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What does it mean? Finding Beauty in Tragedy.

I had my lovers stint with running for a few years until injury took me over.  Here is what I know in my heart of hearts about it.

It can inspire pure joy.

I could never run as a kid.  I grew too fast and was uncoordinated and awkward until my late 30’s.  Seriously.

But after a battle with pneumonia my Naturapath suggested I take it up to heal my lungs.  I resisted and resisted and resisted until this golden thread unwound on my doorstep and I followed it to Beth Baker.

If you need to learn something you want to learn it from someone who a) Loves it.  2) Laughs so fantastically obnoxiously from deep in their soul that even though you’re nervous and don’t want to…you laugh anyway.

The first night of my couch to 5K class with the infamous Beth Baker I ran a half mile.  It just happened.  I was talking with the guy next to me and then we were done and I had run a half mile without stopping.  I had never done that before.

Soon I ran a mile.  Without stopping.  Unheard of.  I was 38.  It was the first time in my life I had run a mile.

It would take six months, but one brisk early Spring morning with a group of ladies about to train for a half marathon I would run 3 miles.

I could see myself run walking 13, but I could never imagine that I could run 3 without stopping.

And I did.

And I acted cool…but got in my car and started crying.

I cried because I did something I didn’t know I could do.

I cried because I surprised myself because I didn’t even know how much determination and strength I had.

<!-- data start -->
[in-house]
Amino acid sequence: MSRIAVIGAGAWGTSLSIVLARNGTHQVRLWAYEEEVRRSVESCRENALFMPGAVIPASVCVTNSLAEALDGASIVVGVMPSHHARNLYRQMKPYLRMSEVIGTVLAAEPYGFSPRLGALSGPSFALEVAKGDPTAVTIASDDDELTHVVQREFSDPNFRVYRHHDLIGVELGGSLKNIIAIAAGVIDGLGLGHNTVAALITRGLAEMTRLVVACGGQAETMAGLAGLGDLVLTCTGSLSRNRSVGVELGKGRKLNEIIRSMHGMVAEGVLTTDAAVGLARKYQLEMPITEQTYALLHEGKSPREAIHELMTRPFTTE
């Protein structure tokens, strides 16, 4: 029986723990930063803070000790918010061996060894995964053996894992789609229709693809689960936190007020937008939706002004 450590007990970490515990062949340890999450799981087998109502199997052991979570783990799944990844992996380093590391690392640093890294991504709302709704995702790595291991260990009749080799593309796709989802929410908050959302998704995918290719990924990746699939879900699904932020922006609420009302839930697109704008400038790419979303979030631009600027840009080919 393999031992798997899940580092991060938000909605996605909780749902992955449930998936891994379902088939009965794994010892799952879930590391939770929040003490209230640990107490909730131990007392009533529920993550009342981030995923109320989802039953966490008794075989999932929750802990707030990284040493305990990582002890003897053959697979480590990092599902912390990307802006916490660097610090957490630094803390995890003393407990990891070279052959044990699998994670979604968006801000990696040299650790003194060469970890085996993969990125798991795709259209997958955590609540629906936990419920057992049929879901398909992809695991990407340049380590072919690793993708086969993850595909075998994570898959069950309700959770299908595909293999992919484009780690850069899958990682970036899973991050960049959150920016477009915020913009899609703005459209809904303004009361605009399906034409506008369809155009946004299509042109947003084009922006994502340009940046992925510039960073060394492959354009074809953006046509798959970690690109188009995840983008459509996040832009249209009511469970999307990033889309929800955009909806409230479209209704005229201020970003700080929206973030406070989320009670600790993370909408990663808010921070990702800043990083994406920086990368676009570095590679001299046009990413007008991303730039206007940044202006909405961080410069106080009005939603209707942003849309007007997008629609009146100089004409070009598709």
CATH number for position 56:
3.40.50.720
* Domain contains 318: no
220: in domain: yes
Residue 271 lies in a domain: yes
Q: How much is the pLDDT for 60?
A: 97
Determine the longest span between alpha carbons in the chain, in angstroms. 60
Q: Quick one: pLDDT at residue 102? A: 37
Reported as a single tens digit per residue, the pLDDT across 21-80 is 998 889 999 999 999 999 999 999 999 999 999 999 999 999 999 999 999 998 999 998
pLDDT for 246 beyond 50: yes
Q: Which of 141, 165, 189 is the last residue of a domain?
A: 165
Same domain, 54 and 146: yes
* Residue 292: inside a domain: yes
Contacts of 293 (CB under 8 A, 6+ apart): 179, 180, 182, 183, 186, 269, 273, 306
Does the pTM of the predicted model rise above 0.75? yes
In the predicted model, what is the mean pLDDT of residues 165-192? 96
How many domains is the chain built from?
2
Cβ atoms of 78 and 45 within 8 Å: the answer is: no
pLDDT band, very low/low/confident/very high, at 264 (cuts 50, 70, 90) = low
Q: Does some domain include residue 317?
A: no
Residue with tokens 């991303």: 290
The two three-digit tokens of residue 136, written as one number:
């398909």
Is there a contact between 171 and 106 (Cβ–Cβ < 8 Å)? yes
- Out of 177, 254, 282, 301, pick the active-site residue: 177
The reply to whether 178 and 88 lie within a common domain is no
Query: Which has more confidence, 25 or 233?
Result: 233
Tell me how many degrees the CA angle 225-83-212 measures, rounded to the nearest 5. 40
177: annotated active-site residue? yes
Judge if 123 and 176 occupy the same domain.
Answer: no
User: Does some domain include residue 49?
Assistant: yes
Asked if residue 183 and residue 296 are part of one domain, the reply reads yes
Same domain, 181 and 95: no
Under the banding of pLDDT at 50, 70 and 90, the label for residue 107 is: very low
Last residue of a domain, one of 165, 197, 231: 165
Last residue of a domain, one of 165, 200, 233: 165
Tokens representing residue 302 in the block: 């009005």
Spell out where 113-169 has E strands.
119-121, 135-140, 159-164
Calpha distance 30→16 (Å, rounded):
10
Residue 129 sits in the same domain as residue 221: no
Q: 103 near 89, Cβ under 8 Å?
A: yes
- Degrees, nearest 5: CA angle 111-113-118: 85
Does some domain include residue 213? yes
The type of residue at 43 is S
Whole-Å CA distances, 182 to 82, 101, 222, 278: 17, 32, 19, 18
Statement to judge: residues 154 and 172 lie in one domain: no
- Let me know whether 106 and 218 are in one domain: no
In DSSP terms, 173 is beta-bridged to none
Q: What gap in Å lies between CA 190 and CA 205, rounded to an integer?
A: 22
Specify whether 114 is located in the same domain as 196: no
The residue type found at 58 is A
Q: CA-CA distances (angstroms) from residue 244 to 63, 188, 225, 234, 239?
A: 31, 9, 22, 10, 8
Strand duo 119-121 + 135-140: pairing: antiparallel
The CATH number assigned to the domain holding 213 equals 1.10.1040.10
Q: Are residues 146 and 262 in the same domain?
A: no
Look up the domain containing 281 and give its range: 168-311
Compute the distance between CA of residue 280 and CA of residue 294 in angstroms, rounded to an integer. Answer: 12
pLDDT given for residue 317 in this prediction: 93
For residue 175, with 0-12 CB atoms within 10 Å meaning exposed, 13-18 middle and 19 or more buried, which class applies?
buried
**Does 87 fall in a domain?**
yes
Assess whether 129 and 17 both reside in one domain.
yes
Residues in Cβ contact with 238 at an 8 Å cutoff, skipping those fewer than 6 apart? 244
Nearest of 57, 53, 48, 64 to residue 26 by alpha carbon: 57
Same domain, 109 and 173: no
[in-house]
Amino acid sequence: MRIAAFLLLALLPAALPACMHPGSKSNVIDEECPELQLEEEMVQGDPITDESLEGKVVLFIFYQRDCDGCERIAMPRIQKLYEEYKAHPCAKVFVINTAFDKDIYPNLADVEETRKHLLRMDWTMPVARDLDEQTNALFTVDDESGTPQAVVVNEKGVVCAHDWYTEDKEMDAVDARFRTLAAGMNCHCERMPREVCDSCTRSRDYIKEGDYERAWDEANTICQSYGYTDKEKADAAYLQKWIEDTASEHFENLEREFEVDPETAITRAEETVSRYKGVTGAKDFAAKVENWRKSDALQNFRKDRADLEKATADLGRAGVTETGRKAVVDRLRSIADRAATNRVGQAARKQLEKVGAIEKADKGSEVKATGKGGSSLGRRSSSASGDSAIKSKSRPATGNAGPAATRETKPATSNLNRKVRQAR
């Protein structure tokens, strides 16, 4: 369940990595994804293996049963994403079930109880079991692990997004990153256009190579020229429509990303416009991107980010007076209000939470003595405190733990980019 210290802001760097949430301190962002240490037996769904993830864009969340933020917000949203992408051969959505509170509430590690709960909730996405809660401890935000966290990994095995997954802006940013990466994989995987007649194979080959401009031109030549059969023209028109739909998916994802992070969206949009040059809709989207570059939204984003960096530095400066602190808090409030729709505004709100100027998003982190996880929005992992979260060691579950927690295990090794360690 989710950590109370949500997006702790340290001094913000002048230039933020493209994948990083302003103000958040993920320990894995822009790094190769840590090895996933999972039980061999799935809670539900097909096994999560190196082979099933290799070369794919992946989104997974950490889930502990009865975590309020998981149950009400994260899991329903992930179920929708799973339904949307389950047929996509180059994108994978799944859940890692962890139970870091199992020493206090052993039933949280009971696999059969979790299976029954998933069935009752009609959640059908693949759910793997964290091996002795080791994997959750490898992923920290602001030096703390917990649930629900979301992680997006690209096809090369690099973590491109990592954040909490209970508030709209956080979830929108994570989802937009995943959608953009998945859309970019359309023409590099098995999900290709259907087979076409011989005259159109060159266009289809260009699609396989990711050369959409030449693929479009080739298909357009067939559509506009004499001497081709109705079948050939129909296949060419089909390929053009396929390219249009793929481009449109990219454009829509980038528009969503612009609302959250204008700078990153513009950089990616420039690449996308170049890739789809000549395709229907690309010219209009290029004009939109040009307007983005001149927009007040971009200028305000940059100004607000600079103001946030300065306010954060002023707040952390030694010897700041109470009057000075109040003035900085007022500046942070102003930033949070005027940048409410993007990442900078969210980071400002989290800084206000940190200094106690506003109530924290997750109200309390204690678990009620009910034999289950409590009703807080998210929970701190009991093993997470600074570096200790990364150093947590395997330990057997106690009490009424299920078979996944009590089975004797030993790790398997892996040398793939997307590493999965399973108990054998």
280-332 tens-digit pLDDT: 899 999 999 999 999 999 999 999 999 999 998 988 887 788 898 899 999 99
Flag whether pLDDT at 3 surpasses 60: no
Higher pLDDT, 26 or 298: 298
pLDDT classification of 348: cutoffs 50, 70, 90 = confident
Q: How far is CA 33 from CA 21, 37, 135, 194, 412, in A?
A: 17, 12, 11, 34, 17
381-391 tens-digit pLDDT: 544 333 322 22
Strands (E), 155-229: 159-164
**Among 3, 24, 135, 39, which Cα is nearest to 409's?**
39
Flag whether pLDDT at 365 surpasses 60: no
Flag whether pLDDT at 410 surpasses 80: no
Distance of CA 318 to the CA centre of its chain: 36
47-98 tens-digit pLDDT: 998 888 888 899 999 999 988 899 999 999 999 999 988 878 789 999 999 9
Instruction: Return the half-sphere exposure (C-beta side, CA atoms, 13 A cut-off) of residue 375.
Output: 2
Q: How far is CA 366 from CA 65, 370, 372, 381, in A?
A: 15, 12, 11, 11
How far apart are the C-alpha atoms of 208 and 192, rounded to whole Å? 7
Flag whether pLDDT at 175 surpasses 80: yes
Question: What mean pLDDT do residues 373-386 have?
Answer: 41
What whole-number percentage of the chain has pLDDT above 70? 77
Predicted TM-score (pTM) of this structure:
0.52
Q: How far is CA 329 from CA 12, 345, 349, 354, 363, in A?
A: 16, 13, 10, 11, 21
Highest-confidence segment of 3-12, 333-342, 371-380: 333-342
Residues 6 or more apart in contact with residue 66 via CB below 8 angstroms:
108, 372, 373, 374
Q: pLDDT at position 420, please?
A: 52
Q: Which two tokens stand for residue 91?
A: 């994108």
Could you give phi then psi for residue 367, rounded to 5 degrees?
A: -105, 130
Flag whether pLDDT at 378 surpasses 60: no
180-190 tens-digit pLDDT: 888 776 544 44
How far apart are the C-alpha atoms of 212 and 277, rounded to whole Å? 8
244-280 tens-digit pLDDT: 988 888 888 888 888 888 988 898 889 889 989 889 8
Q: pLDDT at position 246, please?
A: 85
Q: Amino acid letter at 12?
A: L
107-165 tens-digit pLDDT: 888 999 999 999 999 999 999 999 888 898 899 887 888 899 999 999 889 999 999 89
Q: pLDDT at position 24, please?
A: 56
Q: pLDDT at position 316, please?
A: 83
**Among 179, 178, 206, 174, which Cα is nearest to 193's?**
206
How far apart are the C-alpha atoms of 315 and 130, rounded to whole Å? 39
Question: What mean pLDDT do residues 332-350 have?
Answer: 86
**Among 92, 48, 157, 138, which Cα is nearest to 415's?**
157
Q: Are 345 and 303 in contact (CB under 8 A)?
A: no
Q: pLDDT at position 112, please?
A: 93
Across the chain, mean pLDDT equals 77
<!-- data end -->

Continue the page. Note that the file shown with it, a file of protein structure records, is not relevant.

And I kept going.

The day I made it five miles, holy shit you should have seen the smile on my face.

And then six!  Without stopping!  You have got to be kidding me.

But then my feet started not to be happy.  And many different kinds of shoes and insoles later…my eight mile run would be my last long run.

Something in my foot just…broke.  But I finished the run…and nursed my foot back to health for almost a year.

And life has happened and running now was this thing I did.  And loved.  And found such confidence and peace in.

It was horrible at times, but I always ended the run with this flood of joy that if I could have bottled, would have made me a gazillion dollars.

And then I innocently log onto facebook and am assaluted with this tragedy.  And it keeps happening.  This senseless violence that makes no sense.

And all my running memories flood back in…strongly and vividly.  I even remember the sweet man who was always running the opposite way around the lake every morning and always had a wave and a huge smile for me.

I have to know that there is a reason somewhere…that something larger then me understands how this plot unfolds…and that my job is to try to see the bigger the picture–which is hard to do with these images in my head.

My patient who was running Boston today was already done and is safe, so at least for me that’s a positive.  But I guess what I’m left with is this.

If ever there was a sport that was a true meditation, it would be running.  If ever there was a sport that was pure, it was running.  It’s just you and your mind and your muscles and your bones and your determination.  That’s it.

And if ever there was a sport that would be able to move on from this, it would be running, because it’s in the running that we get to let go and heal ourselves in body, mind and spirit.

And I don’t know if those who are there right now can access that beautiful freedom of release right now, but I know in the deepest parts of my soul they will know it when they take their first run after all this.

And for those who were injured or heaven forbid worse, I just don’t have words.  This blogger and healer just sends her love and well wishes and all the light she can muster to those who need it.  And I hope that’s enough.